^ISCMonitor (except for setting nodes as noted in the documentation)

    ^ISCSOAP (except for setting nodes as noted in the documentation)

    ^mqh (SQL query history)

    ^mtemp*

    ^OBJ.GUID (except as noted in the documentation)

    ^OBJ.DBTIME

    ^OBJ.JournalT

    ^oddBIND

    ^oddCOM

    ^oddDEF (contains class definitions)

    ^oddDEP

    ^oddEXT

    ^oddEXTR

    ^oddMAP

    ^oddMETA

    ^oddPKG

    ^oddPROC

    ^oddPROJECT

    ^oddSQL

    ^oddStudioDocument

    ^oddStudioMenu

    ^oddTSQL

    ^oddXML

    ^rBACKUP

    ^rINC (contains include files)

    ^rINCSAVE

    ^rINDEX

    ^rINDEXCLASS

    ^rINDEXEXT

    ^rINDEXSQL

    ^rMAC (contains MAC code)

    ^rMACSAVE

    ^rMAP

    ^rOBJ (stores OBJ code)

    ^ROUTINE (stores routines)

    ^SPOOL (restriction applies only to a namespace in which you are using InterSystems IRIS spooling; see “Spool Device” in the I/O Device Guide)

    ^SYS (except for setting nodes as noted in the documentation)

    ^z* and ^Z* (reserved for use by InterSystems)

Routines and Labels

For the name of a routine or for a label, the following rules apply in ObjectScript:

    The first character must be either a letter or a percent sign (%).

    If you start a routine name with %, use z or Z as the next character after that; see “IRISSYS Database and Custom Items.”

    The remaining characters must be letters or numbers (with one exception; see the next bullet). These other characters may include any letter character above ASCII 128.

    The name of a routine can include one or more period (.) characters, except not as the first or last character.

    Names are case-sensitive.

    The name of a routine must be unique (within the appropriate context) within the first 255 characters.

    A label must be unique (within the appropriate context) within the first 31 characters.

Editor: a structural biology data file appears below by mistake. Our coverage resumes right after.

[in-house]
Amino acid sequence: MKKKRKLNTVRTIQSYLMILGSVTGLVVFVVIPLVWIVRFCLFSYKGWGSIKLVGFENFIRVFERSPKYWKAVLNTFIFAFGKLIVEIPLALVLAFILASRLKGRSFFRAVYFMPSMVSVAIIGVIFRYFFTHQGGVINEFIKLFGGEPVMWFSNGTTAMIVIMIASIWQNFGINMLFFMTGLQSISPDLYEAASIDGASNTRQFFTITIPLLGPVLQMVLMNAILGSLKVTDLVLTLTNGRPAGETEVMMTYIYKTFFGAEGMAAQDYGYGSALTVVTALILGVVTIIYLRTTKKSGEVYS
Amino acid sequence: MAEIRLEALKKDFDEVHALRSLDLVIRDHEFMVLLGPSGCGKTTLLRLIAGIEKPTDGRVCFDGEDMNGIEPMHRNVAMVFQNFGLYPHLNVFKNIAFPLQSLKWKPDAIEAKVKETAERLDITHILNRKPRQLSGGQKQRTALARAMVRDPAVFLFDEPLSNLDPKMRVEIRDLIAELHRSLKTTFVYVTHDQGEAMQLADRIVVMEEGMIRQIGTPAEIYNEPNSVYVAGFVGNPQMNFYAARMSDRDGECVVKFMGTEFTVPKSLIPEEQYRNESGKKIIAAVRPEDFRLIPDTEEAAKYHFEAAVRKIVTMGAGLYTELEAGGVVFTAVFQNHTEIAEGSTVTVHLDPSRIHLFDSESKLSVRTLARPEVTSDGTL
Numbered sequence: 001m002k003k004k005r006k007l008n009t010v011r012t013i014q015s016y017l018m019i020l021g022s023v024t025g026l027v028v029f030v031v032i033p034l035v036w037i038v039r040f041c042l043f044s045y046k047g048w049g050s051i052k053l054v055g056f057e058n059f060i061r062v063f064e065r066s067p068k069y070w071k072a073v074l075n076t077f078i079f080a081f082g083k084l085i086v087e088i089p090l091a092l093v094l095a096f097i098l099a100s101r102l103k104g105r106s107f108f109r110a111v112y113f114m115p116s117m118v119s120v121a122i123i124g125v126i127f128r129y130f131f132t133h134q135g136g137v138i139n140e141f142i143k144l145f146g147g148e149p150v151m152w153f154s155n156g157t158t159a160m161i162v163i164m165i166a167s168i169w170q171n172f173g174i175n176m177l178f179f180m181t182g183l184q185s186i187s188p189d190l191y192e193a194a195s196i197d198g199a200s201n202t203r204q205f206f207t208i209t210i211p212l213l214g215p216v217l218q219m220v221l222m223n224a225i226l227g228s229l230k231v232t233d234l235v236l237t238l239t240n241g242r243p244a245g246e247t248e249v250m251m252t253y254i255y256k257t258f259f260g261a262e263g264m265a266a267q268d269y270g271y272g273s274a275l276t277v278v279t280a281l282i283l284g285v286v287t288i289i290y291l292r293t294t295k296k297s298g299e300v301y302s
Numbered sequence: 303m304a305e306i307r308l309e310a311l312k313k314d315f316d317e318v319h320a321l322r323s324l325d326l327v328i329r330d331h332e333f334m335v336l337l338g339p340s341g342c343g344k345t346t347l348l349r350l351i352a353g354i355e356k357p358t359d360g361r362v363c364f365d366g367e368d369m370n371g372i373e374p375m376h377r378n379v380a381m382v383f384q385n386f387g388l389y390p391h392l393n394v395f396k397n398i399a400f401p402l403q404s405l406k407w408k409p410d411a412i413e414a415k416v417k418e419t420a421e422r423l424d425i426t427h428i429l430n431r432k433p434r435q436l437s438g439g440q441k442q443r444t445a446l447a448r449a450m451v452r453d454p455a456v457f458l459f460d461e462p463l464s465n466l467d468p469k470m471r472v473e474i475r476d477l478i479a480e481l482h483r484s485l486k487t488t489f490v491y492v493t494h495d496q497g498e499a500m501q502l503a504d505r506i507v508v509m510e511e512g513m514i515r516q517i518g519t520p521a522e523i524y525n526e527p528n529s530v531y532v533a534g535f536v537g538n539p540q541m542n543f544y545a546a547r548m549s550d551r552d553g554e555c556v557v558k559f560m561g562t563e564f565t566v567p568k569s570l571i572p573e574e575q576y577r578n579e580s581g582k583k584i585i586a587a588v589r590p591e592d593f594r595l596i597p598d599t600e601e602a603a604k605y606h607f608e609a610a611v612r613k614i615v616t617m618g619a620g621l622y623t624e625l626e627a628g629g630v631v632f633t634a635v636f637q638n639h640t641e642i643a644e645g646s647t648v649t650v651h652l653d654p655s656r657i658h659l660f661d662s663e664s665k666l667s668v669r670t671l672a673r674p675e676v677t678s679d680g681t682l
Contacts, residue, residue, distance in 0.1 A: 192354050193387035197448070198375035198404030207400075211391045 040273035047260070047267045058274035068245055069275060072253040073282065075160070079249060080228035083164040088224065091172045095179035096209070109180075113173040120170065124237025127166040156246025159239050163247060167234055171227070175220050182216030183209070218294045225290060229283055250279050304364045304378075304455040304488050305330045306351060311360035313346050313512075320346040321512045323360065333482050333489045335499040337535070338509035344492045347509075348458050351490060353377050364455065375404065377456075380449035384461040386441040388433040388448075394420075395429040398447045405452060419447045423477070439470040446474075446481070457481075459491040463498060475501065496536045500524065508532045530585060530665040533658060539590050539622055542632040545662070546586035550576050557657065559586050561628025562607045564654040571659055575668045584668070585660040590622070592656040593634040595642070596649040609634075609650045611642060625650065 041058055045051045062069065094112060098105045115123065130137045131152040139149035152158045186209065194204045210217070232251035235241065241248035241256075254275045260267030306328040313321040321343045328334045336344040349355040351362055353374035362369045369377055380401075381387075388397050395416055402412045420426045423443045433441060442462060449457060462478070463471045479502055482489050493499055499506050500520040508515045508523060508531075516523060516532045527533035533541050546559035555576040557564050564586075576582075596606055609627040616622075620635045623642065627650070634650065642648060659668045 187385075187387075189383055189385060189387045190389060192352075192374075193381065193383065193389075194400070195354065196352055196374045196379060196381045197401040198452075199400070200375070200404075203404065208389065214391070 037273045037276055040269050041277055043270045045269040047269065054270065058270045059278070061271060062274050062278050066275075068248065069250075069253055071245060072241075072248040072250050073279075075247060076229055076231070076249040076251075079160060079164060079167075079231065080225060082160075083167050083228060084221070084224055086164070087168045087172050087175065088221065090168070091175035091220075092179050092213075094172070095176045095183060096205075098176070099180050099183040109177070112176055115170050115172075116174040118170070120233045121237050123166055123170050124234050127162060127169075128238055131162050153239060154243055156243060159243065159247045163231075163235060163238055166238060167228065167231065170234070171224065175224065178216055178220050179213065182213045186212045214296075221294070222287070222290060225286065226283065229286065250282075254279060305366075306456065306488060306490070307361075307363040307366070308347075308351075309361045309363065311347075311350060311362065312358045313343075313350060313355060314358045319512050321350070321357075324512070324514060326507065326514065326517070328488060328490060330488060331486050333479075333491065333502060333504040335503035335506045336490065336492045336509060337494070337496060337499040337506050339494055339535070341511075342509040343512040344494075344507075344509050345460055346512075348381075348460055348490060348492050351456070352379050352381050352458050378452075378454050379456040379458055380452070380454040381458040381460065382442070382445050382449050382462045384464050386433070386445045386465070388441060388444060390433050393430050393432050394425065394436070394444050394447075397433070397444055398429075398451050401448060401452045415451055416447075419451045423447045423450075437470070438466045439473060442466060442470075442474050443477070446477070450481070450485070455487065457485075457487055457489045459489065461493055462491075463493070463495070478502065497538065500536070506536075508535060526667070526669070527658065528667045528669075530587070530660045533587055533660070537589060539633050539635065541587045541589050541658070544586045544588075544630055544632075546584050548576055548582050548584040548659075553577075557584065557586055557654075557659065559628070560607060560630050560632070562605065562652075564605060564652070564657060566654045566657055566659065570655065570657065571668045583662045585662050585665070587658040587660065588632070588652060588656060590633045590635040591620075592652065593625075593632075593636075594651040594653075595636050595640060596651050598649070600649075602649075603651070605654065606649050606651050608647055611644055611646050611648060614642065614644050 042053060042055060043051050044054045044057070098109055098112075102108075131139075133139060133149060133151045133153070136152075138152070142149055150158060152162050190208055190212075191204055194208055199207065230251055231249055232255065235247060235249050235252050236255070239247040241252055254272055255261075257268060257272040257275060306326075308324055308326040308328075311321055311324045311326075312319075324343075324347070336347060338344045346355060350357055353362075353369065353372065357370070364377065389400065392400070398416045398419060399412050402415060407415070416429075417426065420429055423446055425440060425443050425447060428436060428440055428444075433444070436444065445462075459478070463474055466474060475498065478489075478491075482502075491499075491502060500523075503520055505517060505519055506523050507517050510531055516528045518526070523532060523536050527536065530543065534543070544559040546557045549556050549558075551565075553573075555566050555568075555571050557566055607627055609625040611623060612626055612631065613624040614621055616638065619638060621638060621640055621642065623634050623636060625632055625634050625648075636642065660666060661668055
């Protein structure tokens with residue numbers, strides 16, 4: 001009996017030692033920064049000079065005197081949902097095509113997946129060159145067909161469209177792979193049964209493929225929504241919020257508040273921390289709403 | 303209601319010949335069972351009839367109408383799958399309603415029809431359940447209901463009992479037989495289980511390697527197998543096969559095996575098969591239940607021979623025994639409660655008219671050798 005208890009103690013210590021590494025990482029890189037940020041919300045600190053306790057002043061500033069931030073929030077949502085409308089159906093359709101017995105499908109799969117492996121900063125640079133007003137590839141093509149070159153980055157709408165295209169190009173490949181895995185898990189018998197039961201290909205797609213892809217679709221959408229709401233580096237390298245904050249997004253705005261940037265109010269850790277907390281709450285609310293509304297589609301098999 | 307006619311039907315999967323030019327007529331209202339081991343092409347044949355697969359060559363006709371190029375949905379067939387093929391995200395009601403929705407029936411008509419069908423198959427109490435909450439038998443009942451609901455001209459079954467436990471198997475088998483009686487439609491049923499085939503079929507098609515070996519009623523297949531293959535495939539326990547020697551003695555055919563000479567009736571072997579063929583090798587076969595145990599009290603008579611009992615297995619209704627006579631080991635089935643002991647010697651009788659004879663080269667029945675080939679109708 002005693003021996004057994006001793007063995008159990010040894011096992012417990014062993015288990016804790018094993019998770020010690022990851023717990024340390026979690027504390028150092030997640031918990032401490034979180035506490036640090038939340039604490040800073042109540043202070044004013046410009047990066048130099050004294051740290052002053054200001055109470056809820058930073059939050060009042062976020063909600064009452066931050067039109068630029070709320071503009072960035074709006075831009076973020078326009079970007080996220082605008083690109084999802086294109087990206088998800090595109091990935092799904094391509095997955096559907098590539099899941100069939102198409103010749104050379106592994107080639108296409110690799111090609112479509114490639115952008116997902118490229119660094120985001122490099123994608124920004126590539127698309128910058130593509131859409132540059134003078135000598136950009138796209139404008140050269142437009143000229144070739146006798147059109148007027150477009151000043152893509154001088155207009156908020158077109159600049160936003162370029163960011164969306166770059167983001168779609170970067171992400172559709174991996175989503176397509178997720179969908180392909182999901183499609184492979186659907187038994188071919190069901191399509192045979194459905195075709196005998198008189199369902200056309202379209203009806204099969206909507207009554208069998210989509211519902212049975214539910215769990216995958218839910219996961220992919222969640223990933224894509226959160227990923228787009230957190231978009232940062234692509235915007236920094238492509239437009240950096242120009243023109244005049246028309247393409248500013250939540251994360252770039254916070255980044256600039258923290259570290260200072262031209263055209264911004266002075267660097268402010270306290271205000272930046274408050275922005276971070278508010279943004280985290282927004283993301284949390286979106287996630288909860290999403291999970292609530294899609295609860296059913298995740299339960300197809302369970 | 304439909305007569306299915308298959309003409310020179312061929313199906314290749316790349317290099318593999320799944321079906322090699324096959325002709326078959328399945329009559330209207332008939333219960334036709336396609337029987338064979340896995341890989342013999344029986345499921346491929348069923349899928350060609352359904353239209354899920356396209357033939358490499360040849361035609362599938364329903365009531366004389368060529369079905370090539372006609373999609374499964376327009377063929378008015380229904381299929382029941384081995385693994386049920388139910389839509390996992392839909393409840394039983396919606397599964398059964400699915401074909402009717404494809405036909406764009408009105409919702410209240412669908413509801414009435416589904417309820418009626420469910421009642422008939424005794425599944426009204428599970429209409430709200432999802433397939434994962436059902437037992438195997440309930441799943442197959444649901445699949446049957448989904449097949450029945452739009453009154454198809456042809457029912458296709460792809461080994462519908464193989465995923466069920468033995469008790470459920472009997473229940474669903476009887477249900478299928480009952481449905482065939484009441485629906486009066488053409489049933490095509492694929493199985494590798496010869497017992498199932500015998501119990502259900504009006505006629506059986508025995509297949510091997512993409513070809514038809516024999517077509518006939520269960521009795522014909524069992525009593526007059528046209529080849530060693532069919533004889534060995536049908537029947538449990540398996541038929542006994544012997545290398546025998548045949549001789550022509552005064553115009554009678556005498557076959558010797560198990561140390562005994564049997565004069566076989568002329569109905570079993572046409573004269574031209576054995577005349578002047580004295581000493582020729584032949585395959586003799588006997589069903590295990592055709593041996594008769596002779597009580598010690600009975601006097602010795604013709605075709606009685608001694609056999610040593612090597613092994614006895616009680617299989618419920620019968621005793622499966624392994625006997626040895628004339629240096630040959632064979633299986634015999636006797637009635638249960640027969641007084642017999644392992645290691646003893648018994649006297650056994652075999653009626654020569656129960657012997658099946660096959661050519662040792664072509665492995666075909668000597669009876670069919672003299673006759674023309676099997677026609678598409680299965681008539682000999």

Note that certain %Z routine names are reserved for your use. See the subsection.

Reserved Routine Names for Your Use

InterSystems IRIS reserves the following routine names for your use. These routines do not exist, but if you define them, the system automatically calls them when specific events happen.

    The ^ZWELCOME routine is intended to contain custom code to execute when the Terminal starts. See Using the Terminal.

    The ^ZAUTHENTICATE and ^ZAUTHORIZE routines are intended to contain custom code for authentication and authorization (to support delegated authentication and delegated authorization). For these routines, InterSystems IRIS provides templates. See the Security Administration Guide.

    The ^ZMIRROR routine is intended to contain code to customize failover behavior when you use InterSystems IRIS Mirroring. See the High Availability Guide.

    The ^%ZSTART and ^%ZSTOP routines are intended to contain custom code to execute when certain events happen, such as when a user logs in. These routines are not predefined. If you define them, the system can call them when these events happen. See “Customizing Start and Stop Behavior with ^%ZSTART and ^%ZSTOP Routines” in Specialized System Tools and Utilities.

    ^%ZLANGV00 and other routines with names that start ^%ZLANG are intended to contain your custom variables, commands, and functions. See “Extending Languages with %ZLANG Routines” in Specialized System Tools and Utilities.

    The ^%ZJREAD routine is intended to contain logic to manipulate journal files if you use the ^JCONVERT routine. See the chapter “Journaling” in the Data Integrity Guide.

Classes

For any class, the full class name has the following form: packagename.classname

The rules for class names are as follows:

    packagename (the package name) and classname (the short class name) must each start with a letter.

    packagename can include periods.

    If so, the character immediately after any period must be a letter.

    Each period-delimited piece of packagename is treated as a subpackage name and is subject to uniqueness rules.

    The remaining characters must be letters or numbers, including letter characters above ASCII 128.

    The package name and the short class name must be unique. Similarly, any subpackage name must be unique within the parent package name.

    Note that the system preserves the case that you use when you define each class, and you must exactly match the case as given in the class definition. However, two identifiers cannot differ only in case. For example, the identifiers id1 and ID1 are considered identical for purposes of uniqueness.

    In any interoperability-enabled namespace, avoid using the following package names: Ens, EnsLib, EnsPortal, or CSPX. These packages are completely replaced during the upgrade process. If you define classes in these packages, you would need to export the classes before upgrading and then import them after upgrading.